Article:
Pretty much every Goan knows that Goa Carnival was started during the Portuguese rule. However, many do not know what the festival signifies? or why did it come to be celebrated? It is important to know the origin of the festival to understand the meaning of Carnival (Or Carnaval) and to truly enjoy it.
Origin of Carnival and its purpose
Many sources will commonly speak of the festival having origins in ancient Rome. Generally, the narrative goes that, Carnival is celebrated right after the winter season. The food supplies stocked during the winter season need to be consumed before they decay.
The pagan festival is said to be adopted in a few countries where the population follows Roman Catholicism. Carnival is celebrated before the beginning of lent when Christians undertake fasting, repentance, moderation, self-denial and spiritual discipline for 40 days as a religious observance. Carnival presents an opportunity to indulge in eating, drinking and celebrating, which is prohibited during lent.
Celebrations of Goa Carnival
Goa Carnival had been on a decline towards the end of the Portuguese rule in Goa. The festival was revived soon after Goa’s liberation from the Portuguese. The festival is also popularly know as ‘intruz’ or ‘entrudo’ (considered to be an appropriate word in Portuguese for Carnival).
The festival in recent years has been criticized for the amount of commercialization taking place during the celebrations. The church, civil society, and a few people had criticized this aspect openly a few years. However, this year’s celebration will emphasize on traditional and cultural aspects of the state.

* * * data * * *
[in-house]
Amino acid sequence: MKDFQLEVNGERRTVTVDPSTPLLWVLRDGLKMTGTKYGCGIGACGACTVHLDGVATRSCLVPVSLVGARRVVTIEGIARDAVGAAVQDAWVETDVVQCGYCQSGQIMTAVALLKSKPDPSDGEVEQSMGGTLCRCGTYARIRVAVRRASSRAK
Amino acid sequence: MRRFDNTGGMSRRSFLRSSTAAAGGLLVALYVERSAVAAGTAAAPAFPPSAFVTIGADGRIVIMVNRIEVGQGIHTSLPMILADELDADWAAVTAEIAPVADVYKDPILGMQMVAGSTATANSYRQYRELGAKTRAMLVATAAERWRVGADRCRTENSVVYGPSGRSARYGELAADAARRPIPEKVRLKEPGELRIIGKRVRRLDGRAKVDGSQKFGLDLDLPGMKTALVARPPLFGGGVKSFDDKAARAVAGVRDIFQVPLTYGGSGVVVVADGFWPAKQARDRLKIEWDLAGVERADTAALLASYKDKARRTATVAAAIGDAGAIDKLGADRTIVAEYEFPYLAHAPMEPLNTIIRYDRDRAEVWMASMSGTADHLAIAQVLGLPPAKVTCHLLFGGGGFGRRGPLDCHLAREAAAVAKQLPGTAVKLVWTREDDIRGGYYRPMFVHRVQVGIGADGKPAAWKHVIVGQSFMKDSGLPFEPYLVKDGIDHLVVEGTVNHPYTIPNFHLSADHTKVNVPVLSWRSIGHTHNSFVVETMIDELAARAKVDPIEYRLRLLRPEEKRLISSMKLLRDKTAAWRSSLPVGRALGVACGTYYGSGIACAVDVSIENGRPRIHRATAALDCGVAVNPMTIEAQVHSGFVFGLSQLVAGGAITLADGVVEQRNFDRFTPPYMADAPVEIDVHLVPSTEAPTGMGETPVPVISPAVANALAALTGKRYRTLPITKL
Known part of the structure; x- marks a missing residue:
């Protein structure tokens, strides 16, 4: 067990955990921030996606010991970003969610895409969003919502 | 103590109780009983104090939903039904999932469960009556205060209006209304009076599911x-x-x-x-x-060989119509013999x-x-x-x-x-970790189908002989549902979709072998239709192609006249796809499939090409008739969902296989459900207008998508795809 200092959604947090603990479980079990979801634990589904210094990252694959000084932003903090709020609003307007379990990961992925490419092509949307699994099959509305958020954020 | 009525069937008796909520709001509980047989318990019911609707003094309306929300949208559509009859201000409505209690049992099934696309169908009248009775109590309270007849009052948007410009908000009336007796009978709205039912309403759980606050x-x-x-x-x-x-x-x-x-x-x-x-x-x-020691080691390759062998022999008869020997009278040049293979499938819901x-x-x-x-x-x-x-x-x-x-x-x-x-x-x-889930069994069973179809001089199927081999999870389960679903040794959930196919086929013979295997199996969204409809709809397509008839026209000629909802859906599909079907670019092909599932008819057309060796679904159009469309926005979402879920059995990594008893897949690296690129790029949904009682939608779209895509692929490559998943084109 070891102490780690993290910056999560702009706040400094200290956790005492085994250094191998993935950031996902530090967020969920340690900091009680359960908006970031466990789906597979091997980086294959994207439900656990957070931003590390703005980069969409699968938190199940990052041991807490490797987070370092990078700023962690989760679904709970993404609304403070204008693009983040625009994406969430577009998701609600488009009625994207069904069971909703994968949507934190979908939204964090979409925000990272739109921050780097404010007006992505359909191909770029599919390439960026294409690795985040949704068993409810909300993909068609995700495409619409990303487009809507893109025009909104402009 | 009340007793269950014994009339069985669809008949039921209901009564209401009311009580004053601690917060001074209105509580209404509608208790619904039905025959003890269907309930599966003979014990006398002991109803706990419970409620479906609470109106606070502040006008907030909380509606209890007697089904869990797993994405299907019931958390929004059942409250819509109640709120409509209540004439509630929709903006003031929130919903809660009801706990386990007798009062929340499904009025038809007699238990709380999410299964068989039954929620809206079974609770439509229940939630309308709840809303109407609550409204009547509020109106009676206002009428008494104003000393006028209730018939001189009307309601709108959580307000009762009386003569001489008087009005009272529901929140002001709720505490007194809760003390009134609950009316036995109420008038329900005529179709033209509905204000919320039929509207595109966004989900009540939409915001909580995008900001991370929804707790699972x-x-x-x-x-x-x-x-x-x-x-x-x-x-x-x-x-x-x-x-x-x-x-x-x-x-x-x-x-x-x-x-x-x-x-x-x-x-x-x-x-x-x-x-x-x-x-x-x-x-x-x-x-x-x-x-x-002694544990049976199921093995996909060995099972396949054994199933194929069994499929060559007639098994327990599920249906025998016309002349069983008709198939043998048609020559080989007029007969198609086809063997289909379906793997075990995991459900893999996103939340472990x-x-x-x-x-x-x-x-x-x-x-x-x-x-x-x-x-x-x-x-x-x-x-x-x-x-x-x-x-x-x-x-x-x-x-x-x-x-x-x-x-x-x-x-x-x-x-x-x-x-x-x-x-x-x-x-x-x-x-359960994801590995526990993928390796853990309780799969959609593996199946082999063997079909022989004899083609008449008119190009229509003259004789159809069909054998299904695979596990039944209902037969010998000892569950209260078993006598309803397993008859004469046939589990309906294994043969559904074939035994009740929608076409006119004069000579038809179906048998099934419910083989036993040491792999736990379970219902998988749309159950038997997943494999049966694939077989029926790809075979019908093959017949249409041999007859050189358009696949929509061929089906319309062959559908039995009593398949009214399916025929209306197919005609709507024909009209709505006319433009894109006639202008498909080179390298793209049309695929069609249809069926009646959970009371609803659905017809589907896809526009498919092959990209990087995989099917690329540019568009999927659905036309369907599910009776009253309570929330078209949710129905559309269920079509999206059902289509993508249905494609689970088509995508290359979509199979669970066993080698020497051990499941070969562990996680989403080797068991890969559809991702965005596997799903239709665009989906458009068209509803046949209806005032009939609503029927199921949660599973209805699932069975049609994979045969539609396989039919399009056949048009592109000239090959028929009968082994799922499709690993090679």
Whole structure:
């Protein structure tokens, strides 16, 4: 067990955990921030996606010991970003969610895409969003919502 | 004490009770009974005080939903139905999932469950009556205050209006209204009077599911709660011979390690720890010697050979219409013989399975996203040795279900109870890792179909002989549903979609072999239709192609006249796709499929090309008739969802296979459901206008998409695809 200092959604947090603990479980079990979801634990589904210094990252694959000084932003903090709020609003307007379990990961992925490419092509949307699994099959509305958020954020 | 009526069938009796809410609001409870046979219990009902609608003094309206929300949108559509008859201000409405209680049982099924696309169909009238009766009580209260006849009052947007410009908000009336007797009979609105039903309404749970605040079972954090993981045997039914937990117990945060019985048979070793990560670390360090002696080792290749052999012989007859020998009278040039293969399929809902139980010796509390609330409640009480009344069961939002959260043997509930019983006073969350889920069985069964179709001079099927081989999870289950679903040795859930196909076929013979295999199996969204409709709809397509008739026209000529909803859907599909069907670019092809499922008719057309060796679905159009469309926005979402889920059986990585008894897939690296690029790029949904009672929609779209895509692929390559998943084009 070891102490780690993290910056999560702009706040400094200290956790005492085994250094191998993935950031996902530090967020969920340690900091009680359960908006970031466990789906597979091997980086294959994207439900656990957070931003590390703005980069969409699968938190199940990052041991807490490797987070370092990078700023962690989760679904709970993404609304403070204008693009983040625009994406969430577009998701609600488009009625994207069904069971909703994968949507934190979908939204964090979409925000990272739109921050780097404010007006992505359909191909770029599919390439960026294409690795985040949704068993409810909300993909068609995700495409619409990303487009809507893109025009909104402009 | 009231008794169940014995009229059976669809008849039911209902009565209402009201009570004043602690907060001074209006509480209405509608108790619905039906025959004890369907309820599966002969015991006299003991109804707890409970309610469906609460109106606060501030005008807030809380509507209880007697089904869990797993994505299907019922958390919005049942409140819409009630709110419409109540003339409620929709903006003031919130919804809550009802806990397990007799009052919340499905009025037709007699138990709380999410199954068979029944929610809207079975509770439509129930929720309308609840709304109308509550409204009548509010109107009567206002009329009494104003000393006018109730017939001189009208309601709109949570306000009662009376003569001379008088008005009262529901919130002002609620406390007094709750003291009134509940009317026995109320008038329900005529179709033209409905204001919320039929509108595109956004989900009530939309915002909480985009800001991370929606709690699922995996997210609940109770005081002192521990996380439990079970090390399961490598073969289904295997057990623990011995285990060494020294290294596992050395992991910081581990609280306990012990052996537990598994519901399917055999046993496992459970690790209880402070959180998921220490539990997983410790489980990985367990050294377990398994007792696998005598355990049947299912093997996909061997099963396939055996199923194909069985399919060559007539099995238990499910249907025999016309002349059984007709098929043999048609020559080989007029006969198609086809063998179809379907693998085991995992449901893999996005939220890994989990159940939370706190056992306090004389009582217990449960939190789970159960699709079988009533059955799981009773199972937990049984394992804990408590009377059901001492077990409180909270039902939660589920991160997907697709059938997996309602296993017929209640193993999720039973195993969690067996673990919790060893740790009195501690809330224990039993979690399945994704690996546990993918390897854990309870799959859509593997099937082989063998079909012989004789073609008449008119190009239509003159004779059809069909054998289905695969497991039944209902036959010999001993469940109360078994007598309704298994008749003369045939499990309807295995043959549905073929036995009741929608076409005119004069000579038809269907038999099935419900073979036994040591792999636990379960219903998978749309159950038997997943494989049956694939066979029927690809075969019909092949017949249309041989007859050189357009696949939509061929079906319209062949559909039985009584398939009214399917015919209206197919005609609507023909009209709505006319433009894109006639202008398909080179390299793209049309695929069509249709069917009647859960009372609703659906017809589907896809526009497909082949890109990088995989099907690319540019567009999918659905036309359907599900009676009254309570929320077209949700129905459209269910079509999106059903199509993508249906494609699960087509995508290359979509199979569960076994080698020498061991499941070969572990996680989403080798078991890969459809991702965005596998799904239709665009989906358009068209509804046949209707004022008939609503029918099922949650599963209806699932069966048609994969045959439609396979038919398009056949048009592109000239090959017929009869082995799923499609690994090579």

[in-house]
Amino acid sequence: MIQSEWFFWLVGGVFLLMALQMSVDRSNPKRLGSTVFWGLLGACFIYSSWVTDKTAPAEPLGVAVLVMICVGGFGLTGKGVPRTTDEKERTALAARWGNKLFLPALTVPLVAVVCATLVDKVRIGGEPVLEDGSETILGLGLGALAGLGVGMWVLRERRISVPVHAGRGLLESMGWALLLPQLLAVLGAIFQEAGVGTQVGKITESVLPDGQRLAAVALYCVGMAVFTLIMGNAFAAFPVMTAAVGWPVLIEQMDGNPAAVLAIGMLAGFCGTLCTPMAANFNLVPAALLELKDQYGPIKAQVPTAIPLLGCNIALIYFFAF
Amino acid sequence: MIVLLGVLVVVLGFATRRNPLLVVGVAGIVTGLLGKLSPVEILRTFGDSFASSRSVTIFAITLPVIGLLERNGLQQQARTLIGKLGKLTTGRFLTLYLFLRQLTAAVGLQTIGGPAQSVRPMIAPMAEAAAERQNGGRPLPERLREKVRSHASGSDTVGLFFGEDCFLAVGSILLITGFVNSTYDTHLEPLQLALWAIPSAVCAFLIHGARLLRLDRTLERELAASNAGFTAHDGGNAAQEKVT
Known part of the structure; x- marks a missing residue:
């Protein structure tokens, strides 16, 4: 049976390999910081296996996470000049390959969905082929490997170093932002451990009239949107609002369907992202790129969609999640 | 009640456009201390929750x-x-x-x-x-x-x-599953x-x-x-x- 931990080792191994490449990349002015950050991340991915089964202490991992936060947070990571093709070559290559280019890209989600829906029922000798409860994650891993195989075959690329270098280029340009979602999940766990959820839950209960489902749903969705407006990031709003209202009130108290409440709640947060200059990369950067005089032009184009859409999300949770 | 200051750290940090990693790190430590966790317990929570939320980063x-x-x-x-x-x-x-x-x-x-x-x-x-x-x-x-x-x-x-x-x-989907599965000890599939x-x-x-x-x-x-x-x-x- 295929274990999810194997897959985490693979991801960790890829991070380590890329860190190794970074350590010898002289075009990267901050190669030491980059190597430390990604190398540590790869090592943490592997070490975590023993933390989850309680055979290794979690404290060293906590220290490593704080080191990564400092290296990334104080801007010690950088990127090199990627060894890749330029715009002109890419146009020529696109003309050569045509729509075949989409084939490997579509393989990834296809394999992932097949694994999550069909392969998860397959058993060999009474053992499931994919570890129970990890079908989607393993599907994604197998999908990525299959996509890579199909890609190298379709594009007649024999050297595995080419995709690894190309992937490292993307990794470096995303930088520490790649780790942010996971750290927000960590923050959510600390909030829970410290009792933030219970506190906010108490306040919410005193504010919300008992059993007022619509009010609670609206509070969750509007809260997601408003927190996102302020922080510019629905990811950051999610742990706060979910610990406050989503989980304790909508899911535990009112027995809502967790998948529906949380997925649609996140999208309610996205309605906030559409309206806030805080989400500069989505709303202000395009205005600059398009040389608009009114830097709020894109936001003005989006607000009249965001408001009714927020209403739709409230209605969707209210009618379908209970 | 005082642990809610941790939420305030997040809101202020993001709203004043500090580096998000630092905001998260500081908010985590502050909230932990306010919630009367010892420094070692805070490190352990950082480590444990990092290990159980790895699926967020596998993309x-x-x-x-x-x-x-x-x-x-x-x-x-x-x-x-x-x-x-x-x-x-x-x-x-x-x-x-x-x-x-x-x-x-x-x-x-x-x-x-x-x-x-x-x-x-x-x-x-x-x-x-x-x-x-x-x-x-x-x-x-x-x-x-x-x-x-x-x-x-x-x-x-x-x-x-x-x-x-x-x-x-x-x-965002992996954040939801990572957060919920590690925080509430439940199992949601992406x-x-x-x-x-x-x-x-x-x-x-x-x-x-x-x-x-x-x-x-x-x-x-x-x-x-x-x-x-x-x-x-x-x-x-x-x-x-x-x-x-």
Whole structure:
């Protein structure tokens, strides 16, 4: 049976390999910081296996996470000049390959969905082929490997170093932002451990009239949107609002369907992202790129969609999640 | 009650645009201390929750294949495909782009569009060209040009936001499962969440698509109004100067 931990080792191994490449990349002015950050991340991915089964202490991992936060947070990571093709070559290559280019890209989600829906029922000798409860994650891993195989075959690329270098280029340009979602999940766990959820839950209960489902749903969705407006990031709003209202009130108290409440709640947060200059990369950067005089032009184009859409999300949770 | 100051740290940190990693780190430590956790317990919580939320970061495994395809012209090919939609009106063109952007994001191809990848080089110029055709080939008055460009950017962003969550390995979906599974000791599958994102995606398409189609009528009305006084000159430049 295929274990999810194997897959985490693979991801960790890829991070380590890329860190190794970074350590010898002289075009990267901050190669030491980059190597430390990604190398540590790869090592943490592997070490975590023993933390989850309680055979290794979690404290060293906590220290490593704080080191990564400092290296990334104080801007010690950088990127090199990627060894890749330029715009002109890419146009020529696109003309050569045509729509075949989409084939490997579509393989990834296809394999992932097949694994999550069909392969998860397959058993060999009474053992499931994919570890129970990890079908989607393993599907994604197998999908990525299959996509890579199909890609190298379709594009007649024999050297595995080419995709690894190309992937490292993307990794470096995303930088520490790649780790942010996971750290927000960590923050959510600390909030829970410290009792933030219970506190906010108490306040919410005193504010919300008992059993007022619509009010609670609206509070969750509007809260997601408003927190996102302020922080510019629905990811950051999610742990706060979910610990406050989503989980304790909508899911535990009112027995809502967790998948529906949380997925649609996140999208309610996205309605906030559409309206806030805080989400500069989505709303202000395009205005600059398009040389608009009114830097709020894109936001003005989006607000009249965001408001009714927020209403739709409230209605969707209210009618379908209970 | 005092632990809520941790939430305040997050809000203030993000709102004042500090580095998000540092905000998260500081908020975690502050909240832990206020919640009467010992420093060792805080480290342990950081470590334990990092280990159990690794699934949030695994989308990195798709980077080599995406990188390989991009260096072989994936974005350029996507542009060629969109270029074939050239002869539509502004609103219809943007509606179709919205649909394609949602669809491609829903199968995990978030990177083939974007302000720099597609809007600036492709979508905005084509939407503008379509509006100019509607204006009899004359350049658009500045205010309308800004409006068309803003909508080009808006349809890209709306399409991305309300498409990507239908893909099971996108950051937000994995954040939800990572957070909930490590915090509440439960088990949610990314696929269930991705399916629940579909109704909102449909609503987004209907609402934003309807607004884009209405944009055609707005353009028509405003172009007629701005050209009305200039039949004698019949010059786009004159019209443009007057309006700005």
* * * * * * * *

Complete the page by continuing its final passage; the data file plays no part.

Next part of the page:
The festival will be thrown open to the public in Panjim first by King Momo on February 25. Later, it will be celebrated in different cities across Goa on the following days, Margao on February 26, Vasco on February 27 and Mapusa February 28.
This legendary figure enacted by different people over the years declares the start of the festival. It is theoretically considered that Goa comes under the rule of King Momo during the four days that Carnival is celebrated.
Usually, a large gentle man essays the role of King Momo. He preaches the message of “Kha, piye aani majja kar” i.e. “Eat, drink and make merry.”
Decorated floats are an integral part of Goa Carnival celebrations. These floats are designed according to its theme and are usually accompanied by dancers in front or at the back of it. Themes relating traditions, current affairs, ecology are used to decorate these floats.
Spirit of unity
The festival is often looked upon as a Christian festival but different communities from Goa have come together and always participated in Carnival. whether as spectators or as participants, the festival attracts people from different beliefs and walks of life.